What would you think about a vendor who made a commitment to do some work, established a price and then reneged and raised prices?


No, this post is not about airline over-bookings or cable companies.  Instead, this anecdote is about a baby-sitter* in my neighborhood who called a client just days before a weeklong service, and said she wouldn’t work for the agreed upon price because her father thought the rate was too low.

With examples like this, I believe I am on the verge of solving the mystery of why customer experiences are so poor.  We have more than an experience problem we have an integrity problem.  What does it say when helicopter parents espouse a “me first” culture?  Perhaps our focus on the customer experience and loyalty needs to start much earlier than customer journey maps and metrics.  Perhaps we must start by teaching integrity.

I’m not against a baby-sitter earning the market rate.  But I am against the strong-armed, take it or leave it approach her father advocated.  The fact that the ultimatum was delivered on short notice makes it worse.

What the father taught…

  1. If you can get more you should.
  2. Changing the rules and breaking your commitments is a good way to run a business.
  3. There are an unlimited number of customers who will accept this poor treatment.  (How would the story have differed if there were only one customer on earth?)

What the baby-sitter could have learned…

  1. Know the market rate before you establish pricing.
  2. If you make a mistake, learn from it and make a better decision next time.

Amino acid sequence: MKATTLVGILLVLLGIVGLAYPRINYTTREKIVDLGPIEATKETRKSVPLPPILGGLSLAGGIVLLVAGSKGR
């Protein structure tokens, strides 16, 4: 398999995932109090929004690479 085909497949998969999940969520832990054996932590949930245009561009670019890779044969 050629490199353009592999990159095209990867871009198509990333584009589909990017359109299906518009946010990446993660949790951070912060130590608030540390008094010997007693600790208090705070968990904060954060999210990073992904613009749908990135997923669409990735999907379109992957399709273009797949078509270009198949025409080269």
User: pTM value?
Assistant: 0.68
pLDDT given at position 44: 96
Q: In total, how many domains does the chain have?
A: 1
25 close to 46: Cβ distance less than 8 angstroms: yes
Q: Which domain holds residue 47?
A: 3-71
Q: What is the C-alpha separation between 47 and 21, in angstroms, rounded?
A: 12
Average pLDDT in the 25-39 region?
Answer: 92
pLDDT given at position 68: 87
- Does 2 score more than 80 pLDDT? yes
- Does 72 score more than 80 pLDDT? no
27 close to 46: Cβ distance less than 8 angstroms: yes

What I hope they learned (but honestly, I’m not optimistic on this point)…

  1. Treating clients with integrity is key (see this reference on Covey).  Your word is your bond.  Trust is at the foundation of every business transaction and personal interaction.  When customers are treated unfairly they switch vendors (baby-sitters) as this family did.
  2. Reputations are made in the marketplace through actions.  You just earned a bad one.  More bad news… that reputation will spread via the neighborhood grapevine (i.e. word of mouth (WOM) marketing).  You could have earned a great reputation by honoring the commitment, learning from it, and moving forward.

Businesses learn hard new lessons every day.  The pivot point is that the good ones don’t make their customers pay for their mistakes.  The bad ones, those who try to transfer the costs of their bad decisions to their customers, eventually pay for them… Plus interest.

*  (Note: I don’t know who the kid is and I don’t want to.)

Should Customers Pay for Your Bad Decisions?
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5 thoughts on “Should Customers Pay for Your Bad Decisions?

  • 27 August 2013 at 14:14

    I agree. Great companies “eat” their mistakes. However, I have read it is a good idea to communicate your benevolence. If the babysitter had said “my dad says I need to raise prices, but since you are one of my early customers, I’m keeping yours the same”. I’m pretty sure I would have paid her market rate next time!

  • 21 February 2014 at 18:54

    Can you review babysitters on Yelp?

    In all seriousness, you make a very good point about how people learn their values.

  • 24 February 2014 at 12:23

    Jeff, appreciate your tongue-in-cheek comment about reviewing babysitters on Yelp. 🙂

    I’ll bet the informal WOM network in neighborhoods is much faster and possibly more effective. Net: how people treat their customers is important – and public.

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